Edited addition: For Gen 1.1 and Exod 13.8, though, the critical point is that the disjunctive accent on the two words in question absolutely does not prohibit my relative analyses.

Below are the screenshots of the two Accordance searches, for those interested in seeing the results themselves. Note that you made need to consult the Accordance Help to find the right key-strokes to enter the accents into the Character field (for these searches, I used the regular, narrow, and wide versions of טפחא in order to cover the bases).

Bound Noun and Tipha Accent

אשׁר and Tipha Accent

** I forgot to add the reference for Dresher:

Dresher, Bezalel Elan. 1994. The Prosodic Basis of the Tiberian Hebrew System of Accents. Language 70 (1): 1-52.

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13 Responses to “Genesis 1.1, again”

  1. Bob MacDonald Says:

    What if the te’amim are music? the theory of Suzanne Haik Vantoura has to my mind been amply proven. The Bereshit is absolutely beautiful. There are several links and a terribly brief overview here – must deal with the oven! [prior comment lost]

  2. robertholmstedt Says:

    Bob,
    I think it’s clear that the musical qualities of the accents are a later development, at least in terms of the sequences we are aware of. The simplest evidence for this comes from the inverse relationship between the priority level of the disjunctives and their notes — the more important, the less notes. It’s counter-intuitive.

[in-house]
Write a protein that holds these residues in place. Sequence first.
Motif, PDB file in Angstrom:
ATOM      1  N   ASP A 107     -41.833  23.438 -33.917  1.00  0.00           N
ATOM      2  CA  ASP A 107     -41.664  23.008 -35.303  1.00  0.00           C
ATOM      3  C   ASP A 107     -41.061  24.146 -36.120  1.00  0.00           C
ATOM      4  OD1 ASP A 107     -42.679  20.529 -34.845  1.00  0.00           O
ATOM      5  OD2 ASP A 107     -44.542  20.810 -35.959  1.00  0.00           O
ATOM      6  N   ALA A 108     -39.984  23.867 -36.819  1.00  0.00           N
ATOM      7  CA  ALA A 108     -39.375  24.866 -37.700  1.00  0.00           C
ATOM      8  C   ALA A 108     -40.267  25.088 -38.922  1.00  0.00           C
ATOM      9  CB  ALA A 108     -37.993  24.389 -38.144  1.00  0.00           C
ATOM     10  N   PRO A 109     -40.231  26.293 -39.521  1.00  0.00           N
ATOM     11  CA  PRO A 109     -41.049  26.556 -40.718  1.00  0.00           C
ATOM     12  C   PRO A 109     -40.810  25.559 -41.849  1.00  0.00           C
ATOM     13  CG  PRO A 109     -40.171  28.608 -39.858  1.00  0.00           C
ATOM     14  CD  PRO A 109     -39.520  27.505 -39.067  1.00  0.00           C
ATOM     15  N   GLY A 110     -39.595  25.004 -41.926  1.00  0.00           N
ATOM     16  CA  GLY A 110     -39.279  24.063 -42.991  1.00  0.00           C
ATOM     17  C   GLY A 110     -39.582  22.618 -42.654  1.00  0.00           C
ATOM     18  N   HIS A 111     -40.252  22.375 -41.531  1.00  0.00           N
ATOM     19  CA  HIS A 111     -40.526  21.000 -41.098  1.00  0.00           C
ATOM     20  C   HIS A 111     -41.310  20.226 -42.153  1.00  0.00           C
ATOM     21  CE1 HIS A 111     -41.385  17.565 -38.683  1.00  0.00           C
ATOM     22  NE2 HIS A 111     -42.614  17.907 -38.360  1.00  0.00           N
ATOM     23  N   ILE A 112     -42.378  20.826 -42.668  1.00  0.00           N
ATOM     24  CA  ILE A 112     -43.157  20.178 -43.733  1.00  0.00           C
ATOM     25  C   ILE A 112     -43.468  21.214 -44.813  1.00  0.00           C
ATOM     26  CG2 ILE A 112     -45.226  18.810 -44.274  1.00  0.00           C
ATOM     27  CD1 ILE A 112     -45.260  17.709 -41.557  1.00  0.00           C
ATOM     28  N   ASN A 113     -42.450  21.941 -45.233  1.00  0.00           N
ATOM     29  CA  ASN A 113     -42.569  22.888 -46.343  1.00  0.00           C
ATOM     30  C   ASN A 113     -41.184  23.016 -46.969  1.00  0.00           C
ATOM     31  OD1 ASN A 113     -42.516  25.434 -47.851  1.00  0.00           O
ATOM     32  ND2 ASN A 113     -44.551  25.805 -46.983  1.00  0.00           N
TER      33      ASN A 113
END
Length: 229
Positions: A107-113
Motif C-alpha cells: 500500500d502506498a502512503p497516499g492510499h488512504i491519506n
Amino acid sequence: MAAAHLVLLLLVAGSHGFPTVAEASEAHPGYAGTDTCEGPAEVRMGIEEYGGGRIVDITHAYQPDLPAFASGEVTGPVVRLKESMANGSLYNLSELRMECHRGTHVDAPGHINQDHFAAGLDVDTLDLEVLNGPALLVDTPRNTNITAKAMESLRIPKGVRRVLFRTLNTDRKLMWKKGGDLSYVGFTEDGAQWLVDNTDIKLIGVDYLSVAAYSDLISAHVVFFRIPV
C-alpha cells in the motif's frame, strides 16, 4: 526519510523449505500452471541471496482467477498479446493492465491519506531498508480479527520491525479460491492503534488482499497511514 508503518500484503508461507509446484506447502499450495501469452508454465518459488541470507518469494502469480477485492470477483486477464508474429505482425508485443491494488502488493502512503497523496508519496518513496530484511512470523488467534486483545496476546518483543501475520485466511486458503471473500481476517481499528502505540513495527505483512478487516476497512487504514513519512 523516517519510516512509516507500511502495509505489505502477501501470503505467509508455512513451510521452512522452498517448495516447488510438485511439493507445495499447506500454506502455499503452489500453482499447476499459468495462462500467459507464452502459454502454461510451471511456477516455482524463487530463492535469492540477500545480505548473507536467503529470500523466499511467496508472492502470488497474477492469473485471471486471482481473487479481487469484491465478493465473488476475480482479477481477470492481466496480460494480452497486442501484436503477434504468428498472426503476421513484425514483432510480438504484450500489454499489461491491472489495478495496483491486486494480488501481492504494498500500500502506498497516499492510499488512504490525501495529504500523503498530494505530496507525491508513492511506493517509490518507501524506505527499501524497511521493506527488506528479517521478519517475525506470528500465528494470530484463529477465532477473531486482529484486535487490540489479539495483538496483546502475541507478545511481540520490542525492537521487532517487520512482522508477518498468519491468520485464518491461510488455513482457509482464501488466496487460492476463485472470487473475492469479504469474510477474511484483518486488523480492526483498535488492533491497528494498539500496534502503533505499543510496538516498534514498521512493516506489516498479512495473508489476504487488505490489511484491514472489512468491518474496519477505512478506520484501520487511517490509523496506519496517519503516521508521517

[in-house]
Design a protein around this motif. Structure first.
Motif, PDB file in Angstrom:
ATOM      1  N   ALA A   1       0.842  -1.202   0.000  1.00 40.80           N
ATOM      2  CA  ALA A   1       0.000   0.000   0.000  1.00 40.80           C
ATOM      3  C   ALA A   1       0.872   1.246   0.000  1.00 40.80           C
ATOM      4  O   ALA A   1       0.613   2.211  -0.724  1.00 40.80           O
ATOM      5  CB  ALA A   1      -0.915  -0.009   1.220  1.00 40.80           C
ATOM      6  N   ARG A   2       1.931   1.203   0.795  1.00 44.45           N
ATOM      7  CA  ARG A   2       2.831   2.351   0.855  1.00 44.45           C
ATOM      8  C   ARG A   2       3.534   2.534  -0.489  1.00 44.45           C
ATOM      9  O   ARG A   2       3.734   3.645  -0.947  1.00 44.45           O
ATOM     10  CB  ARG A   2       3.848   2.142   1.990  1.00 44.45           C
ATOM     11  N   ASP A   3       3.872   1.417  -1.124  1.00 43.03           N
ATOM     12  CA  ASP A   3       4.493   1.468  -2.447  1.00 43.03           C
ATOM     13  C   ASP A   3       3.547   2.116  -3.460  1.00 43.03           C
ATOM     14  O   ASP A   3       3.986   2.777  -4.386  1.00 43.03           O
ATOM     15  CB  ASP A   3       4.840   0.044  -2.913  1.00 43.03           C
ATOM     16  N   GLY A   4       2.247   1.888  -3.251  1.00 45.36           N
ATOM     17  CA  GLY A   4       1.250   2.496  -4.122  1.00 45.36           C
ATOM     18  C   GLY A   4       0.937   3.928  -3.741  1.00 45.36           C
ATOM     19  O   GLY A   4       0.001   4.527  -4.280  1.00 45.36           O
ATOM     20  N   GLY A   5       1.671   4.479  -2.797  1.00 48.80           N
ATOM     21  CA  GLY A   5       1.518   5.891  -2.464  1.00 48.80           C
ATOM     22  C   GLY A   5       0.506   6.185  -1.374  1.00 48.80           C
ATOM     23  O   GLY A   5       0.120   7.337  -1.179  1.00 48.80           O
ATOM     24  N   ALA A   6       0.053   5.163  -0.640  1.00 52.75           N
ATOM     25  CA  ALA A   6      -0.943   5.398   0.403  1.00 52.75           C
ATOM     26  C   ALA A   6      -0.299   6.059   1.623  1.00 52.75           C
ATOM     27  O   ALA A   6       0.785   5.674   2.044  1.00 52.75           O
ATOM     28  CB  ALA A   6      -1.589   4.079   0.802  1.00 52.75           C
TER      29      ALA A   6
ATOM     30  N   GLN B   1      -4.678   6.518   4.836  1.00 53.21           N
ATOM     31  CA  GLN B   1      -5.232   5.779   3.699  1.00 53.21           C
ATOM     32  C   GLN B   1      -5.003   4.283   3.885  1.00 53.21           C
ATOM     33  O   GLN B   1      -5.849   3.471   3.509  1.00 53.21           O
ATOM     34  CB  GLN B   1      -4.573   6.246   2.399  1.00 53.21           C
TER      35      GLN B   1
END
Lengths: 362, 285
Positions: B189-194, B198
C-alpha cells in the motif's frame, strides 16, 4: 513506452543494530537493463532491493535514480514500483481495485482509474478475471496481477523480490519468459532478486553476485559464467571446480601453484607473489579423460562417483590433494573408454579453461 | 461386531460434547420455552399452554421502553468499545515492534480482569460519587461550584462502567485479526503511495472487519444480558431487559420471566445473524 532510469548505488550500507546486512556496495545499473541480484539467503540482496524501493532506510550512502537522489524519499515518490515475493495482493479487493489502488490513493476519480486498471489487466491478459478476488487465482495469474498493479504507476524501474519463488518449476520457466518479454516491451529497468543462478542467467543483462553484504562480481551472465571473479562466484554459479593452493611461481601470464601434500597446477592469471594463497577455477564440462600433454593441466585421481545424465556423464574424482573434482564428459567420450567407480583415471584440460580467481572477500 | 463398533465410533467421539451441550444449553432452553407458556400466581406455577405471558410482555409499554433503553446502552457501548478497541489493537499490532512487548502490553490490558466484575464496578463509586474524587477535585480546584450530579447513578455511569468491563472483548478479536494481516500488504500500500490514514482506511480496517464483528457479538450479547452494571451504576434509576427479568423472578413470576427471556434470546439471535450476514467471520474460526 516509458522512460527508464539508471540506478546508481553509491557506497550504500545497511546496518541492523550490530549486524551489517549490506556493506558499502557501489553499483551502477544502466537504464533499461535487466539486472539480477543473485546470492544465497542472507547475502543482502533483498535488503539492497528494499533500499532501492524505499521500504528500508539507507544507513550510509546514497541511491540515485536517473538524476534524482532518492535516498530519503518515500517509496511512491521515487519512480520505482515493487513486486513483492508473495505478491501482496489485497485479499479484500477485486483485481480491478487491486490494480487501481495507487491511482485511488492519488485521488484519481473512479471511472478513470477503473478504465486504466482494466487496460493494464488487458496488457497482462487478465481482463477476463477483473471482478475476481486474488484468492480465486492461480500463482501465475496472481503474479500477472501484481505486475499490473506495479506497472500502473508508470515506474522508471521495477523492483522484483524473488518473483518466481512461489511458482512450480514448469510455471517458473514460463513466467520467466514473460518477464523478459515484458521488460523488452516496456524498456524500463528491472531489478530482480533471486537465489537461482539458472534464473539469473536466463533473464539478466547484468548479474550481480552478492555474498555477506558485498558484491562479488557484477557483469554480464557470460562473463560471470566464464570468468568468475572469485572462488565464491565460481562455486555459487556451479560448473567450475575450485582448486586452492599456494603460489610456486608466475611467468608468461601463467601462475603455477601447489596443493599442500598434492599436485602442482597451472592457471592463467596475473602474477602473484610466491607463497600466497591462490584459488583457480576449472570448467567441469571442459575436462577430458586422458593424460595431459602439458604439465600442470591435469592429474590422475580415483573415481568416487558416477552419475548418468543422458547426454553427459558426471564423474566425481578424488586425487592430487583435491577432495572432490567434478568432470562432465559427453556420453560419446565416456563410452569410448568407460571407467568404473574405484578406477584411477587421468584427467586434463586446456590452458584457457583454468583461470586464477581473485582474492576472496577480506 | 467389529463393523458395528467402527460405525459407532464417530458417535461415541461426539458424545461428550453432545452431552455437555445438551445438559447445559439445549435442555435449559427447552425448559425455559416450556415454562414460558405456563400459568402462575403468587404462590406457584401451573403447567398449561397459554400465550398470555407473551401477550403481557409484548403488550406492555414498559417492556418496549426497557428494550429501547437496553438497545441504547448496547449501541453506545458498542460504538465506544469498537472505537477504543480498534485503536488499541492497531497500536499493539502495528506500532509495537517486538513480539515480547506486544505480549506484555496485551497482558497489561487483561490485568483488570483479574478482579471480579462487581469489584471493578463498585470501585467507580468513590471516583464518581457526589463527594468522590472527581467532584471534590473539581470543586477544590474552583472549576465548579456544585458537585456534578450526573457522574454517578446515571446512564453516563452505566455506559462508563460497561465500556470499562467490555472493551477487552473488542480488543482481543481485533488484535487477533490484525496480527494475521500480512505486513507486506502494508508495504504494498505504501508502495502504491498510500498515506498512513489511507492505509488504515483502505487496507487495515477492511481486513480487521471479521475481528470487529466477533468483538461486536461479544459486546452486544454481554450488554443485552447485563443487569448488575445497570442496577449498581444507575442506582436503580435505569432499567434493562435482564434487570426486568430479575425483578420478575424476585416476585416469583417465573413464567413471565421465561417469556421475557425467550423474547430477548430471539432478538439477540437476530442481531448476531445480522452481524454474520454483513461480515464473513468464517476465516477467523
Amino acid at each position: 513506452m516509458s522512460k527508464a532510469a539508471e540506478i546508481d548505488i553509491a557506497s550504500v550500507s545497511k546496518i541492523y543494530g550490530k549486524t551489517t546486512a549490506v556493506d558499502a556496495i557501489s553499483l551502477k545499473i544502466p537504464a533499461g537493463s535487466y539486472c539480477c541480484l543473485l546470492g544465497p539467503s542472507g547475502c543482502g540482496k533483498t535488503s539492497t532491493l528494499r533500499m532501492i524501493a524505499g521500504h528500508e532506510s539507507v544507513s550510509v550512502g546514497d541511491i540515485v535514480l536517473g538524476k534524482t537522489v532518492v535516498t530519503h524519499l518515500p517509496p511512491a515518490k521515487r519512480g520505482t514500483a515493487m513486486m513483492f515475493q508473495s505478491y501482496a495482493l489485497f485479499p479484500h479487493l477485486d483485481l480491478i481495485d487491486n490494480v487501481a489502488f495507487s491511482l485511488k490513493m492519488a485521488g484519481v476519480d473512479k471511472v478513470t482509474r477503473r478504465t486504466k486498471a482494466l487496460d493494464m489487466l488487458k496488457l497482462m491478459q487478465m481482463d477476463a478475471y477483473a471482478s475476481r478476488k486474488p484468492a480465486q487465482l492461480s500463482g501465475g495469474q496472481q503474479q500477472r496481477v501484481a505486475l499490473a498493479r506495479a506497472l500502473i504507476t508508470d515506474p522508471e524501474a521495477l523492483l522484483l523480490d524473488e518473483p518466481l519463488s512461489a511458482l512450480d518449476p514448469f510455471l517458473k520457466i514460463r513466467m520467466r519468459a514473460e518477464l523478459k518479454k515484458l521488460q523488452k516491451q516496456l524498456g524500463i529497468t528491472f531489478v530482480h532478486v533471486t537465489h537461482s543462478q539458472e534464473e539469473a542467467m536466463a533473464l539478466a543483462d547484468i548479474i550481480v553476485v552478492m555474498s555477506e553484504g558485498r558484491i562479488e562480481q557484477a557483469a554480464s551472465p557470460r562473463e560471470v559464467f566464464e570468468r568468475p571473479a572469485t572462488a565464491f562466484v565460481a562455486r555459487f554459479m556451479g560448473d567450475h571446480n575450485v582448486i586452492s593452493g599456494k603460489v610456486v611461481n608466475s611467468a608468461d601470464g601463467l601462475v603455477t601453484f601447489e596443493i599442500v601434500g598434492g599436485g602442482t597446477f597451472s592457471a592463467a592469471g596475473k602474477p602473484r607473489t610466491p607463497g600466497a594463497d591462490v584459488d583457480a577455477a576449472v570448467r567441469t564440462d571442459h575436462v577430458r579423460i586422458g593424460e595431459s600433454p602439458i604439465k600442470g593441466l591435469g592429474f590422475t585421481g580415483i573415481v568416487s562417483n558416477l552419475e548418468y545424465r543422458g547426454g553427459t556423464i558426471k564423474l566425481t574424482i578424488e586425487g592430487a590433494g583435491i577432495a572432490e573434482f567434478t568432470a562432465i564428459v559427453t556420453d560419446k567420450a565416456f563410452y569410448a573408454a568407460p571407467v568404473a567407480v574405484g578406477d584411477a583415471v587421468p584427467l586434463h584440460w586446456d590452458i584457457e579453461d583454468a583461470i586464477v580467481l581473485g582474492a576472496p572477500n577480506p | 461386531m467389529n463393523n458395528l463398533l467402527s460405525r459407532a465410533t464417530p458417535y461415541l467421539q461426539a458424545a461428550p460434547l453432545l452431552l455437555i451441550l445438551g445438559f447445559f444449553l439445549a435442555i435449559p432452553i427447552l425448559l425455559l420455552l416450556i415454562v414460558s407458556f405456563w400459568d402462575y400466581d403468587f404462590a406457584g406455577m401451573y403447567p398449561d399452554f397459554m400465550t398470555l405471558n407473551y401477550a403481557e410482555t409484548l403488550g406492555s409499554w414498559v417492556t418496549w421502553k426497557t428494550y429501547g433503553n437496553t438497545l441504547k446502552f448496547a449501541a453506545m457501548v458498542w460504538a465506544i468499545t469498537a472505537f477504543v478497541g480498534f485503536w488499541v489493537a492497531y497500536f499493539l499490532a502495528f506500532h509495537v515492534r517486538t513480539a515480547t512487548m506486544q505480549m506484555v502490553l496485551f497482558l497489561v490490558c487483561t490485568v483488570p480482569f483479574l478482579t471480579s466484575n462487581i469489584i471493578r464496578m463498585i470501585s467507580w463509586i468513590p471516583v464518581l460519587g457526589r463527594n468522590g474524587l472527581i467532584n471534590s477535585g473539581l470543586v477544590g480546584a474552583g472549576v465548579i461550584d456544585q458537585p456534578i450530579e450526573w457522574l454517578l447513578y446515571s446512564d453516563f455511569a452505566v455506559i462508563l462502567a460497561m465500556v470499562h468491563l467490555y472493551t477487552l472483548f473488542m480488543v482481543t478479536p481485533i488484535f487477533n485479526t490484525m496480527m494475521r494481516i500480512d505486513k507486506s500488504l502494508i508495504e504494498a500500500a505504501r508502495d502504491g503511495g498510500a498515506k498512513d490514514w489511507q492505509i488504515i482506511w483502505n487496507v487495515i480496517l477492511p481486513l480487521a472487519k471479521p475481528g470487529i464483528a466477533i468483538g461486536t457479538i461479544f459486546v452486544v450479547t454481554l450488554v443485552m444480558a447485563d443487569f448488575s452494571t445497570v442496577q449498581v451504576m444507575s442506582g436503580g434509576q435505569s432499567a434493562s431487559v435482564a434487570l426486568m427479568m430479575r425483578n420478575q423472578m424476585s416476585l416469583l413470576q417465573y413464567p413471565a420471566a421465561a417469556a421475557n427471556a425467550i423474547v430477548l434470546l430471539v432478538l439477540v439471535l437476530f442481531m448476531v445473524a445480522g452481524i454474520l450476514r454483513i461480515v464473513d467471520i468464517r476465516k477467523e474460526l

3. Bob MacDonald Says:

    The more important the fewer notes. Robert, I can’t see how this is relevant. The signs below the letters are one note each. The ones above (the lesser in importance) are ornaments. Ornaments always have a flourish. The argument in favour of the music is that it is there. I have lived with this since I first heard of them in 2010 and I recognize that there seems to be an 8th C CE barrier of sorts in the evidence, but it is not one that is impossible to understand especially if the music were considered a sealed item, there being no temple. I hope to follow this up ‘as long as I live’ to quote the psalmist. :)

    • robertholmstedt Says:

      Bob,
      Have you learned to chant the melodies in a synagogue or with someone trained in rabbinic cantillation? It is a fact that the tropes/melodies exist in inverse relationship to the important of the ta’am within the verse. For examples, the silluq and atnah have the simplest tropes and a lesser accent like zarqa has a comparatively elaborate trope.